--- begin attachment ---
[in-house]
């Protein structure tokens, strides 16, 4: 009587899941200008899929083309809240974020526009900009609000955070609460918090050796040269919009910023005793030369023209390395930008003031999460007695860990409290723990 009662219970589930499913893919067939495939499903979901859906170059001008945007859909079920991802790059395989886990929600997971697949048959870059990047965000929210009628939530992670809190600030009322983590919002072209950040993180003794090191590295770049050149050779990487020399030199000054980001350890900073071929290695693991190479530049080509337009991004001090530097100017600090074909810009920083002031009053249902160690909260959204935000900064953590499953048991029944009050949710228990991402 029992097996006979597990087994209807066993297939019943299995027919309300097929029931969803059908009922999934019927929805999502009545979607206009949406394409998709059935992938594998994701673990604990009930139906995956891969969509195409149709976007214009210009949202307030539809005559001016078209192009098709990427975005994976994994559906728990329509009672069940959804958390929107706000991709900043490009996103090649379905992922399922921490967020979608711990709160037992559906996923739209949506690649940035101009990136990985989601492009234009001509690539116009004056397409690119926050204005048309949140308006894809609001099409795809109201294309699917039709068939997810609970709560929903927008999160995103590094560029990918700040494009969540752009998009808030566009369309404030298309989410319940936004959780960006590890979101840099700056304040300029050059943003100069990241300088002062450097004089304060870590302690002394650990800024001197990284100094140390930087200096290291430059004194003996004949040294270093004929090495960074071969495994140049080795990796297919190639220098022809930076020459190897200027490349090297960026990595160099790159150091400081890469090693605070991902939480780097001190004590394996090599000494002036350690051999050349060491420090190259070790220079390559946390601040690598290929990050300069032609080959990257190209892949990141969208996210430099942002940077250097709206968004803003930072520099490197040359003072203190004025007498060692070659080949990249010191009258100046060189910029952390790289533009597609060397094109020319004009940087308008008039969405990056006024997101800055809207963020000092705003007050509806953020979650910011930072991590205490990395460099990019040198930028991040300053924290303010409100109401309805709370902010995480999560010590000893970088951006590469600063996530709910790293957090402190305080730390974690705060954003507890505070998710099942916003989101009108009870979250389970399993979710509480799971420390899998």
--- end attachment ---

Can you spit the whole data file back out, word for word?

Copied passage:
[in-house]
């Protein structure tokens, strides 16, 4: 009587899941200008899929083309809240974020526009900009609000955070609460918090050796040269919009910023005793030369023209390395930008003031999460007695860990409290723990 009662219970589930499913893919067939495939499903979901859906170059001008945007859909079920991802790059395989886990929600997971697949048959870059990047965000929210009628939530992670809190600030009322983590919002072209950040993180003794090191590295770049050149050779990487020399030199000054980001350890900073071929290695693991190479530049080509337009991004001090530097100017600090074909810009920083002031009053249902160690909260959204935000900064953590499953048991029944009050949710228990991402 029992097996006979597990087994209807066993297939019943299995027919309300097929029931969803059908009922999934019927929805999502009545979607206009949406394409998709059935992938594998994701673990604990009930139906995956891969969509195409149709976007214009210009949202307030539809005559001016078209192009098709990427975005994976994994559906728990329509009672069940959804958390929107706000991709900043490009996103090649379905992922399922921490967020979608711990709160037992559906996923739209949506690649940035101009990136990985989601492009234009001509690539116009004056397409690119926050204005048309949140308006894809609001099409795809109201294309699917039709068939997810609970709560929903927008999160995103590094560029990918700040494009969540752009998009808030566009369309404030298309989410319940936004959780960006590890979101840099700056304040300029050059943003100069990241300088002062450097004089304060870590302690002394650990800024001197990284100094140390930087200096290291430059004194003996004949040294270093004929090495960074071969495994140049080795990796297919190639220098022809930076020459190897200027490349090297960026990595160099790159150091400081890469090693605070991902939480780097001190004590394996090599000494002036350690051999050349060491420090190259070790220079390559946390601040690598290929990050300069032609080959990257190209892949990141969208996210430099942002940077250097709206968004803003930072520099490197040359003072203190004025007498060692070659080949990249010191009258100046060189910029952390790289533009597609060397094109020319004009940087308008008039969405990056006024997101800055809207963020000092705003007050509806953020979650910011930072991590205490990395460099990019040198930028991040300053924290303010409100109401309805709370902010995480999560010590000893970088951006590469600063996530709910790293957090402190305080730390974690705060954003507890505070998710099942916003989101009108009870979250389970399993979710509480799971420390899998």